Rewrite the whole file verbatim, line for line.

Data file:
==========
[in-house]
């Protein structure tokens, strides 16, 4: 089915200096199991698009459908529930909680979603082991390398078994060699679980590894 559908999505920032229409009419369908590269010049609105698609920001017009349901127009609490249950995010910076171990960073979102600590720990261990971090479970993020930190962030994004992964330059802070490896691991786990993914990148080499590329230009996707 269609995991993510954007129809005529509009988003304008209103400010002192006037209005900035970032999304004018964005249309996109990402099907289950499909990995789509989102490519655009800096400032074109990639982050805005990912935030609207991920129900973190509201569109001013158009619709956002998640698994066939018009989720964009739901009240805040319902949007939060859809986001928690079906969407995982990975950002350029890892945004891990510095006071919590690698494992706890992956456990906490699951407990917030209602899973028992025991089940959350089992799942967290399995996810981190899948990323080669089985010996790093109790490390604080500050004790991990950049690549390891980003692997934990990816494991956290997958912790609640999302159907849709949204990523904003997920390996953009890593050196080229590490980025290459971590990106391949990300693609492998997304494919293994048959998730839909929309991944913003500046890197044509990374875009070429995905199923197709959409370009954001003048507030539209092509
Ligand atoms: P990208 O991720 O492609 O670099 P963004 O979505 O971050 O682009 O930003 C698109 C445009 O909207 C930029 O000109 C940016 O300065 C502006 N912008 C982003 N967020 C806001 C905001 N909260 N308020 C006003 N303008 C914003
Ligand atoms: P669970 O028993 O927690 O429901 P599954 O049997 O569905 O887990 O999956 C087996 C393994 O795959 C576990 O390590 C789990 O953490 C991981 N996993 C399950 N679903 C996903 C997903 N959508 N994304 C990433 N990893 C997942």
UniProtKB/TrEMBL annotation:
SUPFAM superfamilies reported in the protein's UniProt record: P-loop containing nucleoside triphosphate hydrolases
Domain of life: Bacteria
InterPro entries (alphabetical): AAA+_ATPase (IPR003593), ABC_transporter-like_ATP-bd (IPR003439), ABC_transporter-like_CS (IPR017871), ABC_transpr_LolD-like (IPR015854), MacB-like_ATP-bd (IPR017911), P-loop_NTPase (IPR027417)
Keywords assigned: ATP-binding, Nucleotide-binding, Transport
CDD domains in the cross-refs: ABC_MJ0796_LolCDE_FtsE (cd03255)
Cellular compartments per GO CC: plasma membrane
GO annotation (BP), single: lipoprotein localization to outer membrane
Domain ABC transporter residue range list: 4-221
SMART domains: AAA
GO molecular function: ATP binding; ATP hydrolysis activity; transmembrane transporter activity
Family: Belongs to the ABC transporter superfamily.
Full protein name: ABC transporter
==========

[in-house]
């Protein structure tokens, strides 16, 4: 089915200096199991698009459908529930909680979603082991390398078994060699679980590894 559908999505920032229409009419369908590269010049609105698609920001017009349901127009609490249950995010910076171990960073979102600590720990261990971090479970993020930190962030994004992964330059802070490896691991786990993914990148080499590329230009996707 269609995991993510954007129809005529509009988003304008209103400010002192006037209005900035970032999304004018964005249309996109990402099907289950499909990995789509989102490519655009800096400032074109990639982050805005990912935030609207991920129900973190509201569109001013158009619709956002998640698994066939018009989720964009739901009240805040319902949007939060859809986001928690079906969407995982990975950002350029890892945004891990510095006071919590690698494992706890992956456990906490699951407990917030209602899973028992025991089940959350089992799942967290399995996810981190899948990323080669089985010996790093109790490390604080500050004790991990950049690549390891980003692997934990990816494991956290997958912790609640999302159907849709949204990523904003997920390996953009890593050196080229590490980025290459971590990106391949990300693609492998997304494919293994048959998730839909929309991944913003500046890197044509990374875009070429995905199923197709959409370009954001003048507030539209092509
Ligand atoms: P990208 O991720 O492609 O670099 P963004 O979505 O971050 O682009 O930003 C698109 C445009 O909207 C930029 O000109 C940016 O300065 C502006 N912008 C982003 N967020 C806001 C905001 N909260 N308020 C006003 N303008 C914003
Ligand atoms: P669970 O028993 O927690 O429901 P599954 O049997 O569905 O887990 O999956 C087996 C393994 O795959 C576990 O390590 C789990 O953490 C991981 N996993 C399950 N679903 C996903 C997903 N959508 N994304 C990433 N990893 C997942």
UniProtKB/TrEMBL annotation:
SUPFAM superfamilies reported in the protein's UniProt record: P-loop containing nucleoside triphosphate hydrolases
Domain of life: Bacteria
InterPro entries (alphabetical): AAA+_ATPase (IPR003593), ABC_transporter-like_ATP-bd (IPR003439), ABC_transporter-like_CS (IPR017871), ABC_transpr_LolD-like (IPR015854), MacB-like_ATP-bd (IPR017911), P-loop_NTPase (IPR027417)
Keywords assigned: ATP-binding, Nucleotide-binding, Transport
CDD domains in the cross-refs: ABC_MJ0796_LolCDE_FtsE (cd03255)
Cellular compartments per GO CC: plasma membrane
GO annotation (BP), single: lipoprotein localization to outer membrane
Domain ABC transporter residue range list: 4-221
SMART domains: AAA
GO molecular function: ATP binding; ATP hydrolysis activity; transmembrane transporter activity
Family: Belongs to the ABC transporter superfamily.
Full protein name: ABC transporter